Muttiah Muralitharan, the highest wicket taker in Test cricket, has given up on his dream of hitting the 1,000 mark. The Sri Lanka bowler claimed the scalp of New Zealand's Jeetan Patel in Colombo yesterday to take his haul to 778, but does not believe he can continue playing long enough to reach four figures. "I feel my body can't take it any more. I would like to have finished my Test career with 1,000 wickets, but that would take another four to five years and that's an awful lot of time," he told The National.
"All good things must come to an end one day and I feel my time is nearing. "It has been a wonderful journey for me and I have no regrets when I finally retire from the game." Murali has set November 2010, the completion of a home series with the West Indies, as a target for retiring from Test cricket and he will play in one-day games until the 2011 World Cup - which is being hosted by Sri Lanka, India and Bangladesh.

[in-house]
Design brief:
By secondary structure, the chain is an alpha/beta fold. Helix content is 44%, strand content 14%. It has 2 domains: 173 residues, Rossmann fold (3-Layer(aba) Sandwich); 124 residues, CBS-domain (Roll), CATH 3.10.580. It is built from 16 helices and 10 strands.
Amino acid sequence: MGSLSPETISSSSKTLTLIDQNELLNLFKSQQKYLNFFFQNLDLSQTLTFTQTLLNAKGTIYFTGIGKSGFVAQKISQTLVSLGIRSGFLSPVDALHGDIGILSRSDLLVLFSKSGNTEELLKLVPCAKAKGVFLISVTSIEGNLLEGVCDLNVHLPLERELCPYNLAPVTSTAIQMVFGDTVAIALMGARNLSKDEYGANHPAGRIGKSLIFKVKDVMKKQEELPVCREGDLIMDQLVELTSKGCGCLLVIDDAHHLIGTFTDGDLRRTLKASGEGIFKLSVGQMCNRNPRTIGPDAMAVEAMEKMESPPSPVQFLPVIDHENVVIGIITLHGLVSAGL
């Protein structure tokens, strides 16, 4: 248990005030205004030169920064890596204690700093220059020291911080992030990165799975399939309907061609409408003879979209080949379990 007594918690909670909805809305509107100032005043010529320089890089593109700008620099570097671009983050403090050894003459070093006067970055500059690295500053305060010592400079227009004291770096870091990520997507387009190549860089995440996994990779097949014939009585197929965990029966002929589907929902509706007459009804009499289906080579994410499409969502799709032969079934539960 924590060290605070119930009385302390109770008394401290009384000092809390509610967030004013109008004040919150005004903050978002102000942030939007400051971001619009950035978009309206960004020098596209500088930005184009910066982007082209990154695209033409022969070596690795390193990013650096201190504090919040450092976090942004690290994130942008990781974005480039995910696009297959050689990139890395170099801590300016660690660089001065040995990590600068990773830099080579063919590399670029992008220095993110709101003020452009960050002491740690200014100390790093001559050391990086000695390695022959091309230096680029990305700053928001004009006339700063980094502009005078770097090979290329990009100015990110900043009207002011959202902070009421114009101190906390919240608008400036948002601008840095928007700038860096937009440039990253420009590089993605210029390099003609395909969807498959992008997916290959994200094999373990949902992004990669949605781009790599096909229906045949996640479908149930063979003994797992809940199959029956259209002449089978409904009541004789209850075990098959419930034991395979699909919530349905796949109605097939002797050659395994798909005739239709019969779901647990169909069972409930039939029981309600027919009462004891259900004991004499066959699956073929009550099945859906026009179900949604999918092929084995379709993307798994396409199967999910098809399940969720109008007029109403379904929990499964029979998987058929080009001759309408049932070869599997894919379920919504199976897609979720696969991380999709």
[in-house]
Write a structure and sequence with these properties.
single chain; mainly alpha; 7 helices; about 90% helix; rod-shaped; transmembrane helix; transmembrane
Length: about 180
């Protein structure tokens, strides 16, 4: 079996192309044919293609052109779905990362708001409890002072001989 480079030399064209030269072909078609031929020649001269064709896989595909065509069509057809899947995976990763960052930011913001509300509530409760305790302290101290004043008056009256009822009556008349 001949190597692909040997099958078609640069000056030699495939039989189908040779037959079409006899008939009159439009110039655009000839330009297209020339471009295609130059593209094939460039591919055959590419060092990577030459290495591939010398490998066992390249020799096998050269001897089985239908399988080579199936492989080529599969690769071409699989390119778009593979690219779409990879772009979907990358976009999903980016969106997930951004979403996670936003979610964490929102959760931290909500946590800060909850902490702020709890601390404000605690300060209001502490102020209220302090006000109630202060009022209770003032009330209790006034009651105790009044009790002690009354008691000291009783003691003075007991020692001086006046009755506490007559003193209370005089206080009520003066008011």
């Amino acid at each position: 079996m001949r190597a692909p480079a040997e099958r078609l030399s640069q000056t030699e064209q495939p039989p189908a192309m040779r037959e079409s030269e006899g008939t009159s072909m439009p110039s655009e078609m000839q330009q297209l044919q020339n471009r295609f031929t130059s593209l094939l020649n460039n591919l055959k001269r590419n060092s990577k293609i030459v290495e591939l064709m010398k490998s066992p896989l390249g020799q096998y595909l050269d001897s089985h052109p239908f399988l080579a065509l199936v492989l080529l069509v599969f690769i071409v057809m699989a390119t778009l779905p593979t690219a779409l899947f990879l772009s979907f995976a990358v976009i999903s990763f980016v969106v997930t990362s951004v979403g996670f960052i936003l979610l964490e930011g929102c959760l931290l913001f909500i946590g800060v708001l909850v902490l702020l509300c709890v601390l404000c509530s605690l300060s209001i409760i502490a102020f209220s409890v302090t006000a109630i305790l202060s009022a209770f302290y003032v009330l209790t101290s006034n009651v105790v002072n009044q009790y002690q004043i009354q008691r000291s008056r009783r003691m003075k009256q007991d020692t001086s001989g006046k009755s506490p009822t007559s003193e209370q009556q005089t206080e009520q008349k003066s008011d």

"I don't want to stand ahead of the youngsters any more. Ajantha Mendis and Rangana Herath have come through well and should carry on with the good work for the team," he said. "I am beginning to feel the burden of playing Test cricket. I want to go out when I am still on top and the time has come to leave Test cricket for good. There are also some up and coming young spinners." The International Cricket Council (ICC) and Pakistan Cricket Board (PCB) yesterday ended their dispute over the removal of Pakistan as co-hosts in the World Cup, with the PCB given additional compensation in addition to being allowed to keep match fees.
Pakistan lost the right to host international cricket matches after militants attacked Sri Lanka's cricketers - including Murali - on their way to play a Test match against Pakistan on March 3 in the city of Lahore. The PCB had wanted to stage the 14 games they were due to host in a neutral venue such as the United Arab Emirates, something the ICC ruled out. The agreement followed a meeting between David Morgan, the ICC president, and Ijaz Butt, the president of the PCB at the ICC's headquarters in Dubai.
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